Note: Several spellings exist for Coega. These include Ngqura, the Xhosa spelling which is used in the port of Ngqura Establishment Act and is the official spelling used by the National Ports Authority; Ngqurha, as has been used on occasion by the Department of Public Enterprises; and Coega which is that used by the Coega Development Corporation, the Industrial Development Zone and most other people. Other spellings include Cougha, Coecha, Koecha and Koega. The name is of Khoekhoen origin for the river of the same name and means 'ground water.' Coega is pronounced 'koo-gha, with a guttural sound forming the last syllable. To pronounce Ngqura correctly requires an ability to sound the click as used in Koekhoe and Xhosa.
port of Ngqura, now nearing completion (April 2006) some 20km northeast of
the port of Port Elizabeth, is South Africa's 8th and latest commercial port
development, and is situated at the mouth of the Coega River in Algoa Bay.
The National Ports Authority of SA is responsible for developing the
deepwater port. SA Port Operations (SAPO) has been appointed to handle the
terminal operations, at least in the initial stages.
The design vessels for the port are:
Dry Bulk Carriers
The horizontal geometry of the port is such that 150,00DWT bulkers and 6,500TEU cellular container ships can manoeuvre within the port, although initial dredging is being limited to accommodate the design vessels only.
The new port consists of a
main eastern breakwater, 2.7 km in length extending into Algoa Bay to a
maximum water depth of 18 metres, and a secondary western breakwater 1.125
km in length.
Funding of the entire port infrastructure is being provided by Transnet, of which the National Ports Authority (landlord) is a subsidiary division. Funding of the adjacent Industrial Development Zone is being provided by central and provincial government, with detail funding to come from private investors. Some R1.8 billion is to be spent by Eskom to upgrade the provision of electricity to the region for the development of an aluminium smelter, although this is now (2006) in some doubt following the inability of Eskom to maintain energy levels to the Western Cape.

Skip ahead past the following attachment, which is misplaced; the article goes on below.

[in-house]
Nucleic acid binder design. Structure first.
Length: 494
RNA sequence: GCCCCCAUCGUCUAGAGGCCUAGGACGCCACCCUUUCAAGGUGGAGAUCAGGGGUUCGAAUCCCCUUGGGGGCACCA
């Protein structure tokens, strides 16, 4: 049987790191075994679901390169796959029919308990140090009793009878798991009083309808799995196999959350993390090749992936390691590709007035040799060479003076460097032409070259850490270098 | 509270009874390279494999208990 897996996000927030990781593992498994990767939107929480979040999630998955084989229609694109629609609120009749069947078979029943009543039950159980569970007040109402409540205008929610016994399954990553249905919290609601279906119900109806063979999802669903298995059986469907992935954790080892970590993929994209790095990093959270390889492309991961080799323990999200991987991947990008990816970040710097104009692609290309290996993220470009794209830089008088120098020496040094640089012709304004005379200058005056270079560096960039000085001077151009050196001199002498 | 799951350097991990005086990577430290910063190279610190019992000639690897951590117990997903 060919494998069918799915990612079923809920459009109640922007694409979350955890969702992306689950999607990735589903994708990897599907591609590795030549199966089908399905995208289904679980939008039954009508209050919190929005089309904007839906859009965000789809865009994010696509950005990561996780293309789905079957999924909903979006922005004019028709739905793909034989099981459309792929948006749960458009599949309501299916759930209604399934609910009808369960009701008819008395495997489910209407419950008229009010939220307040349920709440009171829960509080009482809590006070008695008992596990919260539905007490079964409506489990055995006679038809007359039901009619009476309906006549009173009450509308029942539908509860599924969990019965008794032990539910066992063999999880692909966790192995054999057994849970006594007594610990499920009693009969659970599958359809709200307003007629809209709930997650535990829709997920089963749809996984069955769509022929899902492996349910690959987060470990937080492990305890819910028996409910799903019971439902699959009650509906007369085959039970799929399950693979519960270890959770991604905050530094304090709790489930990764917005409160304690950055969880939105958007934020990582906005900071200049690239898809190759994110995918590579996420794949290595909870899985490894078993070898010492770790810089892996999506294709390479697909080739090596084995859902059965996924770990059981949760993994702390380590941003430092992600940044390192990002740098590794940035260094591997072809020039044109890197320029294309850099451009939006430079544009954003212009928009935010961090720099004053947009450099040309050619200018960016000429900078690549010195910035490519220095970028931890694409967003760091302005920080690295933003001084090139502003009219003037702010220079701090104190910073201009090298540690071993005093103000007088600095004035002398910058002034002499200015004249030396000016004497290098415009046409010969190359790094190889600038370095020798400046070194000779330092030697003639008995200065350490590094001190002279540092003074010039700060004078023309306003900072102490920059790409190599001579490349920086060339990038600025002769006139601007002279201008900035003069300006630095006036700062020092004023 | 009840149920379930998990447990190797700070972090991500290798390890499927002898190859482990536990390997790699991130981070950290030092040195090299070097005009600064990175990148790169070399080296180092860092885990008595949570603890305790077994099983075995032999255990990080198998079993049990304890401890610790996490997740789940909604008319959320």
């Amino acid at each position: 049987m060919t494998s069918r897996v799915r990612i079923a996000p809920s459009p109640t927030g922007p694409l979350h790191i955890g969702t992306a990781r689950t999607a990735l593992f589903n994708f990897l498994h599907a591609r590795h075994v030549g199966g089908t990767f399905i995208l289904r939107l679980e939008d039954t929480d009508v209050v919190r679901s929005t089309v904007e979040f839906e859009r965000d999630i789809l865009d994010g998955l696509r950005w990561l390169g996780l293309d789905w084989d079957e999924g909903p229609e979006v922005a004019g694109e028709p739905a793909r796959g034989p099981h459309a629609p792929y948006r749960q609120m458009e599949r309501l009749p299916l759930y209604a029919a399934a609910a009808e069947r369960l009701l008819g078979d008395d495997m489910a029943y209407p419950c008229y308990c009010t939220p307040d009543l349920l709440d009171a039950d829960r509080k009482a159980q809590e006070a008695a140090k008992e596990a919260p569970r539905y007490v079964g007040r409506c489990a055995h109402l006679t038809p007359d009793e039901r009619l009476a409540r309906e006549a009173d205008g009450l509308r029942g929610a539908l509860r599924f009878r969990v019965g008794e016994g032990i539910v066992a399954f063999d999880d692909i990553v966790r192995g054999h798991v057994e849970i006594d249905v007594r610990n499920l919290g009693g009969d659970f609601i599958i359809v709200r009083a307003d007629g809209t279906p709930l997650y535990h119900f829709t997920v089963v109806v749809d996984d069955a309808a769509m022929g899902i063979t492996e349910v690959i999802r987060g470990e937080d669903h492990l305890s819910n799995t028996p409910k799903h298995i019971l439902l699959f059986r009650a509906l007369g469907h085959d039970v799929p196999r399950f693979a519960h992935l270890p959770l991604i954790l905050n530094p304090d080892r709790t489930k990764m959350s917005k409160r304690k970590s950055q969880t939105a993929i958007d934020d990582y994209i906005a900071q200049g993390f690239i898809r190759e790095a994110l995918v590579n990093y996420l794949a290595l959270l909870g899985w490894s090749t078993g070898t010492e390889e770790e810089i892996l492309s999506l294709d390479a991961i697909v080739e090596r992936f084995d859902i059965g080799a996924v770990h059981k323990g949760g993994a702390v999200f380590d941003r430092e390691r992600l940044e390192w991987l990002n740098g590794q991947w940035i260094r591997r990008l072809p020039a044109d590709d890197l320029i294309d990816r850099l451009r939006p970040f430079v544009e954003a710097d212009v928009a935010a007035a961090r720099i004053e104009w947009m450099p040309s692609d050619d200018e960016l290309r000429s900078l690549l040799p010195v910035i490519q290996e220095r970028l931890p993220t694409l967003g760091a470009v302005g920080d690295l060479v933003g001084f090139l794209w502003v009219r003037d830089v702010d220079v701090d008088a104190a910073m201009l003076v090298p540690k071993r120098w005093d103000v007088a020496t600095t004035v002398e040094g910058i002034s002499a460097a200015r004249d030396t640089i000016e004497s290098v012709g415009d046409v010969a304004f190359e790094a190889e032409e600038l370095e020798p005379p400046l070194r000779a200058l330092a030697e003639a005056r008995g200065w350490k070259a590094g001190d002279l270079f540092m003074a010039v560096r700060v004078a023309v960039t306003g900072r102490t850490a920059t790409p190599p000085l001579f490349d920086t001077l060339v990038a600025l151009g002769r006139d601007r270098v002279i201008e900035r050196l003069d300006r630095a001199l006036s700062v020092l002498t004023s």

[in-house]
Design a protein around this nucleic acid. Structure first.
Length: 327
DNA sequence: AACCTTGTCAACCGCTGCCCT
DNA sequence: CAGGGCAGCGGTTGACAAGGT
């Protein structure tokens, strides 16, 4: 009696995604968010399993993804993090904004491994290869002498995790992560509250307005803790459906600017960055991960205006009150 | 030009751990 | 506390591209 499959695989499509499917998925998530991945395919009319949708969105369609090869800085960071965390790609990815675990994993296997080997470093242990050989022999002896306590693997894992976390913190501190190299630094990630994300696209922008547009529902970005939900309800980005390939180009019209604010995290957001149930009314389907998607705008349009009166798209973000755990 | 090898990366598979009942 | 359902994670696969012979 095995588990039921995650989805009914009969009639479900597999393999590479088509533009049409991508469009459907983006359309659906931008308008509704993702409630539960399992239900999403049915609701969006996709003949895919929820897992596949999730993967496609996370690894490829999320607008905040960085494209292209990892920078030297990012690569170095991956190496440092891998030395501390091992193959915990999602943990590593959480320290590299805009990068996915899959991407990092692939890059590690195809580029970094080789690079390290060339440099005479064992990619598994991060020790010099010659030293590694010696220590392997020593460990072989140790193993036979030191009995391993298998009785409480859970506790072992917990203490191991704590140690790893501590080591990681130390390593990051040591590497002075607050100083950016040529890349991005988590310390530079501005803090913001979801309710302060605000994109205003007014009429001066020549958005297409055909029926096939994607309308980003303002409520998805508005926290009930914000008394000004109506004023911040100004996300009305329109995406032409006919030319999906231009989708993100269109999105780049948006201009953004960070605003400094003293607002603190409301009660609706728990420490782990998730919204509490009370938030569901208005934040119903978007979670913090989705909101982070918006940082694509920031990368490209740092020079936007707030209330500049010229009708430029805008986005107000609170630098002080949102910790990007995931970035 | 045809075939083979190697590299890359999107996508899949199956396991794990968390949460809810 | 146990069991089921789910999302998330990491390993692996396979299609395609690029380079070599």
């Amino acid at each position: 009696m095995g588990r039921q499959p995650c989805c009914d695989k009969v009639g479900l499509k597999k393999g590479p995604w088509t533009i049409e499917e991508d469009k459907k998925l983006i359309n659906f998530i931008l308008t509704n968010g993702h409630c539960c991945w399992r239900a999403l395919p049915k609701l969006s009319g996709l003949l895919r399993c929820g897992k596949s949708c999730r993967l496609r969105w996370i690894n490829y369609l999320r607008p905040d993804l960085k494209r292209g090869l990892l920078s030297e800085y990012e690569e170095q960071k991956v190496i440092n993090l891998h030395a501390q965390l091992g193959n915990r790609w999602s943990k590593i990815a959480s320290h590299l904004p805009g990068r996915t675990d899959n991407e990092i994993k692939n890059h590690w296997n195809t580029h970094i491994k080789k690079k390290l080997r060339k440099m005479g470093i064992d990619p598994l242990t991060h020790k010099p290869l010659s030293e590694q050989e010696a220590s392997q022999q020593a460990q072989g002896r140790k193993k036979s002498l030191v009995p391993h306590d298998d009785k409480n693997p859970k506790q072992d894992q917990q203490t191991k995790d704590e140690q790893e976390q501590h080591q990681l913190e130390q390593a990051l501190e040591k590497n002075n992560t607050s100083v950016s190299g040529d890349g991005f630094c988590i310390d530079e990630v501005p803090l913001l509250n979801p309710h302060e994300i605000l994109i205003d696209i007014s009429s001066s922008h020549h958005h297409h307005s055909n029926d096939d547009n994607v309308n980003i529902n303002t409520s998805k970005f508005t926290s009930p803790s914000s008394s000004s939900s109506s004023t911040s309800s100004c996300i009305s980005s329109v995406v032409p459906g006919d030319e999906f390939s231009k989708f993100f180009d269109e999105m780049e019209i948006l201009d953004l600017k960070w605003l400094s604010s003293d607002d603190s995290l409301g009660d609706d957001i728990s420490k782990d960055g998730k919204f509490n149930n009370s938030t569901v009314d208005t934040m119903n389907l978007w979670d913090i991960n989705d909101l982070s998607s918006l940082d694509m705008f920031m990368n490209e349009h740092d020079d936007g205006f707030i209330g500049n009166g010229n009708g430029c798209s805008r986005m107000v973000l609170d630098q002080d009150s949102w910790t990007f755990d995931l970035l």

Construction of a rail link between the Coega project and the existing Port Elizabeth - Gauteng main railway line has received approval and is underway. The existing railway line, as well as the N-2 road highway, pass through the Coega Industrial Development Zone.
In April 2006 tenders had still not been issued for the construction of the recommended two 55-tonne bollard pull Voith Schneider tugs similar to the five placed in service recently at Durban, Cape Town and Richards Bay. The contract was originally expected to be awarded in August 2003. There are however indications that a contract is to go to tender during mid 2006.
The impact of a new IDZ and
port at Coega/Ngqura on the Eastern Cape of South Africa will undoubtedly
prove of great benefit to an otherwise largely impoverished and undeveloped
region. However its impact on the nearby port of Port Elizabeth only 20 km
away remains unclear and Port Elizabeth harbour would have to re-develop for
certain cargo types only, such as the auto, fresh produce and fishing
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